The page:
Should I Put Reverse Osmosis Technology In My Home?

Reverse Osmosis technology (RO) is considered by most vendors as the Cadillac of home water filtration. It is a central technology in industry, healthcare, food, beverage, bio-pharm, automotive, marine, drinking water and many other applications that are staple to our lives. Used properly it is literally a miracle technology. However, RO is not a panacea and like all water treatment technologies, it changes the properties of water. Let us look at some of the caveats of home RO

The number of vendors, brands and styles of RO systems are as varied and numerous as the mind can fathom yet there are two basic systems that we can purchase.

  • Under the counter/countertop RO systems
  • Whole-house RO systems

As we learned earlier, a great feature of an RO system is that of all the purification technologies it offers the widest span of the types of contaminants it will remove. Literally, and RO system can make safe drinking water out of virtually any feed water type from industrial waste, radioactive water, and even municipal sludge. Let us just not put RO to those tests, okay?

Even with its’ amazing contaminant removal abilities, RO is not a panacea, and can create just as many problems as it alleviates. Some of the caveats follow:

  • For proper membrane life, RO feed water must be softened. This adds both initial expense and operating expense for a water softener, and salt. An RO can be run on hard water, but the membrane will scale and require frequent and costly replacement. Iron will also quickly foul an RO membrane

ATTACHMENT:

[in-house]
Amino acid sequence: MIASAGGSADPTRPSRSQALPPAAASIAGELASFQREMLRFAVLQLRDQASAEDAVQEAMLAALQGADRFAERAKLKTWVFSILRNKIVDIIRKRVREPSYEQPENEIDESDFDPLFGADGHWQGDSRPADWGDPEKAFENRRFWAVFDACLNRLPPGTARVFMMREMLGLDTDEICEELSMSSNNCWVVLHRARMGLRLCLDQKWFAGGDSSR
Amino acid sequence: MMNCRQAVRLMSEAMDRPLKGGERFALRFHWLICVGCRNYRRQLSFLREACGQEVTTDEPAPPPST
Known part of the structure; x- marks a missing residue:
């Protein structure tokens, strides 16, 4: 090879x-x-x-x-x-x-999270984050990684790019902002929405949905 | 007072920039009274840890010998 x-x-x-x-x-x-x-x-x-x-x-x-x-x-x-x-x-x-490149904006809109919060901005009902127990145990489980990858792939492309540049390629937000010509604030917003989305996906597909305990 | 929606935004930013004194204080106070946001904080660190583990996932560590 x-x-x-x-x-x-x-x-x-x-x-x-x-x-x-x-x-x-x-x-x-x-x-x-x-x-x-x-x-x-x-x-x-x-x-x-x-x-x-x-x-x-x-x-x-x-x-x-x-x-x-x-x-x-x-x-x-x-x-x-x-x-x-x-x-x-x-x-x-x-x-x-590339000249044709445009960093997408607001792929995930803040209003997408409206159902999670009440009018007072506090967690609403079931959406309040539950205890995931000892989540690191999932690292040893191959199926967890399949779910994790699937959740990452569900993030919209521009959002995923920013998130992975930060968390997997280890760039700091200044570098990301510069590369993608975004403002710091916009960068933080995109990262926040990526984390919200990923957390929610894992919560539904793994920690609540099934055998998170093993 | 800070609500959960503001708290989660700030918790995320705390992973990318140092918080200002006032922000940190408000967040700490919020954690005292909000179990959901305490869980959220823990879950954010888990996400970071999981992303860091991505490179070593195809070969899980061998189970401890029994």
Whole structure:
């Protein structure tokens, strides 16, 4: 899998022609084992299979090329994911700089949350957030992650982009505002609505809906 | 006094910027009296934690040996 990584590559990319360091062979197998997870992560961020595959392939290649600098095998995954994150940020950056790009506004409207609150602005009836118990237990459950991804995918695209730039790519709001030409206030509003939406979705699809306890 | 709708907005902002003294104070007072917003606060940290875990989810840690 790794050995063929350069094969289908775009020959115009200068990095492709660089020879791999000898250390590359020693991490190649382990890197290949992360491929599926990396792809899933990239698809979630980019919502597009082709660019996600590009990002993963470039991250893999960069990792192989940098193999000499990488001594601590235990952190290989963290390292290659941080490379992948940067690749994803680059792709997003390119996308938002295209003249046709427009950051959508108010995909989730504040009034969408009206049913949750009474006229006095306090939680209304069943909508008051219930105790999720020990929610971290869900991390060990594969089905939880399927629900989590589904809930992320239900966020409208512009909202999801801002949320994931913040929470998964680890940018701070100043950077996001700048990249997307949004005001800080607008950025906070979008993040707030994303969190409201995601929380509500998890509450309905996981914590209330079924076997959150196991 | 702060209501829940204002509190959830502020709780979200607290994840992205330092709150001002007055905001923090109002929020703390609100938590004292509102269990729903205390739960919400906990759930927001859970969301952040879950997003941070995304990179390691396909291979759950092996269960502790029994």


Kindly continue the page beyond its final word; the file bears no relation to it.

• Small RO systems, those making 100 gallons per day or less can send to the drain as much as 83 gallons for every 17 gallons of clean water consumed.
  • RO water tastes flat to most people.
  • RO water is devoid of chlorine and readily grows bacteria as it sits.
  • RO is prone to absorbing CO2 from the surrounding environment thereby forming carbonic acid which can cause the water to taste metallic, and the pH of the water to drop into the 5.5 range.
  • The lower in contaminants (TDS) the RO feed water is, the purer and more aggressive the RO product water will be. In areas with exceptionally low TDS feedwater, the water produced by RO, in a whole house water system can leach lead and copper out of the plumbing system and contaminate otherwise safe drinking water drinking water.

My advice is that before putting RO technology in our homes, we first have to have an understanding of why we are installing it and how it will change our water. Armed with that knowledge, home RO can work wonderfully.


One thought on “Should I Put Reverse Osmosis Technology In My Home?

  1. Thank you! Always come to your page for great advice and well written articles. Appreciate the time you take to educate us all.

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